The two one-sided T-tests and 90% CI analysis displayed the ratios mean of log-transformed Cmax, AUC0–144h, AUC0–∞, and 90% CI on test to reference formulations were 99.5, 98.8, 99.1% and 91.9–107.2, 99.6–100.7, 92.0–102.1%, which were all in the range of 75–143% within the bioequivalence acceptance range (Table 4).

TABLE 4
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Table 4. Two one-sided T-test and 90% of confidence interval (CI).

Discussion

As long-acting OTC belongs to the tetracycline group, it is a broad-spectrum antimicrobial agent, presenting persistent actions and sustaining absorption from the depot site after i.m. injection (26). Most studies have reported PK and bioequivalence studies in cattle, sheep, goats, and rabbits, but only a few have investigated bioequivalence in pigs (6, 11, 31, 32). In the current study, the analytical methods for OTC quantification detection in plasma were specific, sensitive, accurate and were performed for bioequivalence study between the test product and the reference one in pigs. LOQ (0.05 µg/ml) was available for OTC detection in plasma, which was similar to the one previously described (0.05 µg/ml) by Nora Mestorino et al. and Brentnall et al. (6, 27).

AUC was a useful index for biological availability of the active moiety of a drug formulation regarding the absorption extent. Both AUC0–144h and AUC0–∞ were 118.976 ± 13.259, 126.179 ± 17.390 and 123.087 ± 13.906, 130.732 ± 18.562 μg h/ml for test and reference products, which are higher than previous reports in pigs (33), but the ANOVA analysis revealed these two formulations had no significant differences with p > 0.05 (Table 3). Cmax of these two products were similar to other reports in pigs—about 5.066 ± 0.486 and 5.071 ± 0.877 μg/ml—which presented a high drug concentration in plasma (Table 3) (3436). Both formulations displayed similar plasma profiles and demonstrated that they were absorbed progressively, reaching Cmax approximately 0.75 h after administration, keeping 1/20 Cmax concentration in plasma after 120 h. Tmax, Cmax, and AUC0–∞ were 2.01 h, 3.98 µg/ml, 74.87 µg h/ml, and 0.609 h, 4.956 µg/ml, 112.483 µg h/ml in the research of Jie Bao and Xue Ling at a dose of 20 mg/kg, respectively (36, 37). In this study, a lower peak is reached later in comparison with our results. It might be related to the OTC concentration in the drug product, which was 30% higher than the 20% in our test and reference product studied. These results suggest a slower absorption of OTC with 30% formulation in comparison with 20% ones. These parameters of OTC in this study were similar to a previous study (35). The relative bioavailability of the test product compared to the reference one was 94.291 ± 15.287% (Table 3), and was included in the range 0.8–1.25, which satisfied the requirements of the Food and Drug Administration (21).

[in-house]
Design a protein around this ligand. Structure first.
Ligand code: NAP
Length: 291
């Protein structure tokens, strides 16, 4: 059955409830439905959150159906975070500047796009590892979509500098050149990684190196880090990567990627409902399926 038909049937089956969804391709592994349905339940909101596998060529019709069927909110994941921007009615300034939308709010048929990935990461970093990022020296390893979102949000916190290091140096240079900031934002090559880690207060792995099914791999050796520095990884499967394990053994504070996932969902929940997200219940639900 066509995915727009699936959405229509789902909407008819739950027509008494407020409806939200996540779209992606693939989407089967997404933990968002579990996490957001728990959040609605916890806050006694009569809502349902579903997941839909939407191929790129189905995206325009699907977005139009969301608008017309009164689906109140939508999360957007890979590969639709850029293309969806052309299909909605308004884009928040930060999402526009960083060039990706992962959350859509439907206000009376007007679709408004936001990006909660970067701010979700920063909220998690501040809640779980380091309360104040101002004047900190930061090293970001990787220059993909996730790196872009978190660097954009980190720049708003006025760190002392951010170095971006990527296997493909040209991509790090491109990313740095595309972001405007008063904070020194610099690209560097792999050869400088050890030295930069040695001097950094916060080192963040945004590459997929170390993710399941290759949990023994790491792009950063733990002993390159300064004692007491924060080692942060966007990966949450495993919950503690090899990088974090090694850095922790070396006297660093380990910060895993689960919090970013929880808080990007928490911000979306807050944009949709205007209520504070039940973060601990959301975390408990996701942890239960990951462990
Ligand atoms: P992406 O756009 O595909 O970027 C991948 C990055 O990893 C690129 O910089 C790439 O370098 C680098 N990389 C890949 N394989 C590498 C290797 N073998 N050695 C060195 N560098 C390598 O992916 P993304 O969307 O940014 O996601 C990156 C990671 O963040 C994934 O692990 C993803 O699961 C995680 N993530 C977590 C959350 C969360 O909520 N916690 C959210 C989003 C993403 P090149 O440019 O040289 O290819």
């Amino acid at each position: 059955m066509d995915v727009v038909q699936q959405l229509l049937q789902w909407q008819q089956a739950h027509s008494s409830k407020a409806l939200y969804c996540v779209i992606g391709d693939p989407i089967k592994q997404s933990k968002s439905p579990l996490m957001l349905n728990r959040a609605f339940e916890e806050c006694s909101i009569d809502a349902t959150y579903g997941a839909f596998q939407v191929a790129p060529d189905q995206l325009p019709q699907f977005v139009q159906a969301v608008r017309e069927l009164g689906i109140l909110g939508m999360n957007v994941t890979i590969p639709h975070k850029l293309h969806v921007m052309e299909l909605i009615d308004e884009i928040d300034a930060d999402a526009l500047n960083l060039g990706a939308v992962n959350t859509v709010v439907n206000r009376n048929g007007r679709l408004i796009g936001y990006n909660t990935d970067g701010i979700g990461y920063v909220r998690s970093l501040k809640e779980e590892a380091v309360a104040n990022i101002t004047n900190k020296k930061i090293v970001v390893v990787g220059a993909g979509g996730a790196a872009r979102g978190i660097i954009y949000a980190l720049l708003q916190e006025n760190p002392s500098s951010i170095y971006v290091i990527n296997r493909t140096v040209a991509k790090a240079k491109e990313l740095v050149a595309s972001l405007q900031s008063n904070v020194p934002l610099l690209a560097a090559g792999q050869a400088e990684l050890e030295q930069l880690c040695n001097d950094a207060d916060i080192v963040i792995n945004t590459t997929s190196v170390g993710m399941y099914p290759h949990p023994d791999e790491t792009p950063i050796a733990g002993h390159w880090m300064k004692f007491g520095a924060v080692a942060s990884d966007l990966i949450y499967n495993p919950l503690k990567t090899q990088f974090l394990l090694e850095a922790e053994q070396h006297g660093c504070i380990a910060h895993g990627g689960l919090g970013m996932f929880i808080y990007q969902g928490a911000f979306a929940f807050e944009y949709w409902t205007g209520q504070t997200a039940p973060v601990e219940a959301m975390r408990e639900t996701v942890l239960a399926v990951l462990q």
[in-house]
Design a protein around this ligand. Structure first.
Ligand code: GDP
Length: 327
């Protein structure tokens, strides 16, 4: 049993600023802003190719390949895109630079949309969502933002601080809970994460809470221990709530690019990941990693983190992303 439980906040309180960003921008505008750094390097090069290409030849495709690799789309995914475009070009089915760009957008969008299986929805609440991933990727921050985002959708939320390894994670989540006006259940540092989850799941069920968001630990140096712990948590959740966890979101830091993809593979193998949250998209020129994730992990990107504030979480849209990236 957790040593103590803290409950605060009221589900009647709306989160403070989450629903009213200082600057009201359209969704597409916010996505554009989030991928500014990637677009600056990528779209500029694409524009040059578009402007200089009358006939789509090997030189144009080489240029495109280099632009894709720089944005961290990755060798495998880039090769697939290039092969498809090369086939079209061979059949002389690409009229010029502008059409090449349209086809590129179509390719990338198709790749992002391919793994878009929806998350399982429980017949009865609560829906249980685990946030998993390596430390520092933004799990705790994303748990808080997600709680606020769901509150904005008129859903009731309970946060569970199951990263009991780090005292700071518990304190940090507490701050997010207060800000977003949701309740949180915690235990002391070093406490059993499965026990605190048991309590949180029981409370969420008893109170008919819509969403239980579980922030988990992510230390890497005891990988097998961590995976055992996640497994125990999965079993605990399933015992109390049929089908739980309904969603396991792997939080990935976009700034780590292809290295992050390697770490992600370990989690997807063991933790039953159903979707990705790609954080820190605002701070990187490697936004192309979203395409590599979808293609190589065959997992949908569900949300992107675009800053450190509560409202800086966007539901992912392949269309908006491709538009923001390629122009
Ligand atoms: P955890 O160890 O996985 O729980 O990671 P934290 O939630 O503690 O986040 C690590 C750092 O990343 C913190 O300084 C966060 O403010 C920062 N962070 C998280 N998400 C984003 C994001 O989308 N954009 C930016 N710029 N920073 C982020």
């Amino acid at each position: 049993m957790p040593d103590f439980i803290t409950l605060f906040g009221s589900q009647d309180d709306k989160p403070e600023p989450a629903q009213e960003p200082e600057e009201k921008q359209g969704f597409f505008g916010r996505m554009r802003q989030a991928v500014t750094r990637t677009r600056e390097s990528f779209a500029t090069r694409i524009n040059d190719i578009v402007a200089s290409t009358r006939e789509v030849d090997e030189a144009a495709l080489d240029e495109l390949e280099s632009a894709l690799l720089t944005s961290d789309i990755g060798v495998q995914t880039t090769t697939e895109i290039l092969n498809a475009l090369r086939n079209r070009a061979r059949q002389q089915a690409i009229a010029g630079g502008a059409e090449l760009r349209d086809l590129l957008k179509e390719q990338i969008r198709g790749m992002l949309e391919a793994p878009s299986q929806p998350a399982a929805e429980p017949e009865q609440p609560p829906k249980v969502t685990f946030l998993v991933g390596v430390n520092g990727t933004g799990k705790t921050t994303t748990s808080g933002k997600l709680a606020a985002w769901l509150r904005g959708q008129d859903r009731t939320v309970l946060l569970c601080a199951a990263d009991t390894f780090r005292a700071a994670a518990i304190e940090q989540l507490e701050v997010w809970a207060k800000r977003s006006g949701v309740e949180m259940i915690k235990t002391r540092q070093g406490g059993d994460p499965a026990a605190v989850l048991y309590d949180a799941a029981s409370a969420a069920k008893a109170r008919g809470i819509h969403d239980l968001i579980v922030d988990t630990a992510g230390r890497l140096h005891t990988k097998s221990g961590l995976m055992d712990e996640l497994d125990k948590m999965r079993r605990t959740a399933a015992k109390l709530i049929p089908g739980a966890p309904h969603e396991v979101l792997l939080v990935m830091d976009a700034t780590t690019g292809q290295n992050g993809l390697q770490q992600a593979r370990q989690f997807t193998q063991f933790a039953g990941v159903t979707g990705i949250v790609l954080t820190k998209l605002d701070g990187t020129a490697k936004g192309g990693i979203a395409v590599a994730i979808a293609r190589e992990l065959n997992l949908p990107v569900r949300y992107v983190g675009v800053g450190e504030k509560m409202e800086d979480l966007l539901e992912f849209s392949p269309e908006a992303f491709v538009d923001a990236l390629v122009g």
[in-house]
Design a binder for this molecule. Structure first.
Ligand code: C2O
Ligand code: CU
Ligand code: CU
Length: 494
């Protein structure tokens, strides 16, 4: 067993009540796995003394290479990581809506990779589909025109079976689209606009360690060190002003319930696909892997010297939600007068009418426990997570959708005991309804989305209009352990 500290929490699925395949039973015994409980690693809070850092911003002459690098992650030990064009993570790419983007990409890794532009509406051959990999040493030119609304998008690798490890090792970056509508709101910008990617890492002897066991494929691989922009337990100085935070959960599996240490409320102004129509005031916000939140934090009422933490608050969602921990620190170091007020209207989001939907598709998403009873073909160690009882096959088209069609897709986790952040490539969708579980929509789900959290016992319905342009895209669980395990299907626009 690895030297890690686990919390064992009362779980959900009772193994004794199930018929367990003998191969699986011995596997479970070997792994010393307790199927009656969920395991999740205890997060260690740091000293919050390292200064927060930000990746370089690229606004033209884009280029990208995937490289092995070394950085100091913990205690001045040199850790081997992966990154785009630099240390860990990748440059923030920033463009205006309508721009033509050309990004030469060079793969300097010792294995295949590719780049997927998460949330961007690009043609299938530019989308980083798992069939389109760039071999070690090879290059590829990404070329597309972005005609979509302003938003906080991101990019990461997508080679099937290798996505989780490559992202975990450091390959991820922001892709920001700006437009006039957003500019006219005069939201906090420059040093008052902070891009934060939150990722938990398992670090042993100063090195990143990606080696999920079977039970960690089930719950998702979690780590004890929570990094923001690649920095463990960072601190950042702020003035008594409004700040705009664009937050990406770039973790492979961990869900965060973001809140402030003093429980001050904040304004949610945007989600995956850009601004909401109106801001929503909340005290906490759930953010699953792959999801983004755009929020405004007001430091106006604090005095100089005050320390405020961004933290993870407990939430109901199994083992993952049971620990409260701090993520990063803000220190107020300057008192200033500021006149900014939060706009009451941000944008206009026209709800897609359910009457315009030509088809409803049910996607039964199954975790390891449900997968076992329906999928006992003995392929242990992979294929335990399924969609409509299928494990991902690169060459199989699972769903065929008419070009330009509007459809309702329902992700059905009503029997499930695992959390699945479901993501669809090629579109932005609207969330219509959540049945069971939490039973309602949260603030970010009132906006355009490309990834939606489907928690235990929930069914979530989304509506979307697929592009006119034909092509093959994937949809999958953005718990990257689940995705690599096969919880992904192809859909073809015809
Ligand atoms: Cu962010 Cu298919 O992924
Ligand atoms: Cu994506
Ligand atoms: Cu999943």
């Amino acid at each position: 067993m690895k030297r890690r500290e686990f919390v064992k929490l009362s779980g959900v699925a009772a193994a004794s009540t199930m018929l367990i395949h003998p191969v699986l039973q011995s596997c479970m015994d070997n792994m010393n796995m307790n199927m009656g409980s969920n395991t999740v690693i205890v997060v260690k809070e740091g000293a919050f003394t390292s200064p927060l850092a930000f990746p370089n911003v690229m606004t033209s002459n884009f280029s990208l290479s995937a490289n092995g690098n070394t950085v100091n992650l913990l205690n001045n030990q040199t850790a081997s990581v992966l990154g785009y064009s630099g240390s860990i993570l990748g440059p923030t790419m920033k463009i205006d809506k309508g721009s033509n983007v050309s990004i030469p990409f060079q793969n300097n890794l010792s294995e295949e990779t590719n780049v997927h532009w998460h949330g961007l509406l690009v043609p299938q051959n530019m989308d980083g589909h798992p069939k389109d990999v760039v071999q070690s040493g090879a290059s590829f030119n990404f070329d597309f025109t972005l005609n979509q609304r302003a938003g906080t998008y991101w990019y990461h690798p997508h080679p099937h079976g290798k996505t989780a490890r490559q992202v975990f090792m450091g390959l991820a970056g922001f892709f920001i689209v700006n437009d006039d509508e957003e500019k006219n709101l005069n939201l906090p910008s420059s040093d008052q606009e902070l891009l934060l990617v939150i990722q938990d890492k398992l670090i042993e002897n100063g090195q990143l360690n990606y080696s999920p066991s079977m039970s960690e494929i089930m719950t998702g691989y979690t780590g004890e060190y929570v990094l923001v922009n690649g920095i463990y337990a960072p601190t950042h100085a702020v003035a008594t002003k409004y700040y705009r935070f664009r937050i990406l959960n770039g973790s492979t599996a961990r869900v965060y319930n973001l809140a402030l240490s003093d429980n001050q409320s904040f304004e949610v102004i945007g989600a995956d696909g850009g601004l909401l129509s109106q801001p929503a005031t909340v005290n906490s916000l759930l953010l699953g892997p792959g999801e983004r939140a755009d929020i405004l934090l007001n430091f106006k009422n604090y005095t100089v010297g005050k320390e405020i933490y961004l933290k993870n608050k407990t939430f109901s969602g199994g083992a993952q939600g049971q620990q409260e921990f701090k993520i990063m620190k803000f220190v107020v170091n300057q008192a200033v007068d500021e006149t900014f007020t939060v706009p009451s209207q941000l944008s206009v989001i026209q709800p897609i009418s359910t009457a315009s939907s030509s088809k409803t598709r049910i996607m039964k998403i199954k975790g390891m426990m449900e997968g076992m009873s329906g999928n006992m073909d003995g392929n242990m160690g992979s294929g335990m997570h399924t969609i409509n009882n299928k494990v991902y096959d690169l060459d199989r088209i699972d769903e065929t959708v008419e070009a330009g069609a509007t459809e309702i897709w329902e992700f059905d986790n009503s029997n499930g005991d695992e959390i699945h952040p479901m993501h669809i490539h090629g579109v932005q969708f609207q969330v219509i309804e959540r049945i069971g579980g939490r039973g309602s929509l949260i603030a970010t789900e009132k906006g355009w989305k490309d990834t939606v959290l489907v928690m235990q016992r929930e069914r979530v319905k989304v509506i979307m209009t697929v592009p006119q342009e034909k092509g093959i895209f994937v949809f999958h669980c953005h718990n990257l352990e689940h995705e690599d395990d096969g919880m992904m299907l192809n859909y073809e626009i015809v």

For a bioequivalence study of these two OTC injection formulations, and to make a statistical comparison, AUC0–last and AUC0–∞, Cmax, and Tmax were selected. When these parameters were not significantly different between the test and reference product, they will be bioequivalent if the CI were comparable. This was demonstrated through the ANOVA of log-transformed value and the two one-sided T-tests and 90% CI. In our study, the three parameters revealed there were no significant differences between the test and reference products (t1 and t2) in AUC0–last and AUC0–∞, Cmax, which were all above 1.717 and had significant differences (p < 0.05) with each other (Table 4). The AUC0–144h and AUC0–∞, Cmax results presenting 90% of CI were inside the CIs (75–143) set by the European Union. Tmax presented no significant difference by non-parametric analysis (Table 4). Thus, these results demonstrated that the test OTC injection (Kangtekang 20% LA, Huishen) was bioequivalent to the reference one (Terramycin 20% LA, Pfizer).

Ethics Statement

The animals that were used in this study were conducted according to relevant guidelines and regulations of Animal Care Center, Hubei Science and Technology Agency in China (SYXK 2013-0044). Animal housing care and experimental protocol were conducted according to the regulation of experimental animal usage in Hubei province of China, and the protocol was approved by the Ethics Committee of Huazhong Agricultural University.

Author Contributions

Experiment designation: ZL, QL, JC, and QH; carrying out the experiment: ZL, BY, and JX; manuscript writing: ZL; and manuscript review and modification: SA, TS, and PC.

Conflict of Interest Statement

The authors declare that the research was conducted in the absence of any commercial or financial relationships that could be construed as a potential conflict of interest.

Acknowledgments

This work was granted by Natural Science Foundation of China (no. 31272572).

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Keywords: oxytetracycline, pharmacokinetics, bioequivalence, formulations, confidence interval

Citation: Lei Z, Liu Q, Yang B, Ahmed S, Xiong J, Song T, Chen P, Cao J and He Q (2017) Evaluation of Bioequivalence of Two Long-Acting 20% Oxytetracycline Formulations in Pigs. Front. Vet. Sci. 4:61. doi: 10.3389/fvets.2017.00061

Received: 19 February 2017; Accepted: 12 April 2017;
Published: 01 May 2017

Edited by:

Nora Mestorino, National University of La Plata, Argentina

Reviewed by:

Ender Yarsan, Ankara University, Turkey
Pascal Jean Jacques Sanders, Agence Nationale de Sécurité Sanitaire de l’Alimentation de l’Environnement et du Travail (ANSES), France

Copyright: © 2017 Lei, Liu, Yang, Ahmed, Xiong, Song, Chen, Cao and He. This is an open-access article distributed under the terms of the Creative Commons Attribution License (CC BY). The use, distribution or reproduction in other forums is permitted, provided the original author(s) or licensor are credited and that the original publication in this journal is cited, in accordance with accepted academic practice. No use, distribution or reproduction is permitted which does not comply with these terms.

*Correspondence: Jiyue Cao, caojiyue2@163.com;
Qigai He, he628@mail.hzau.edu.cn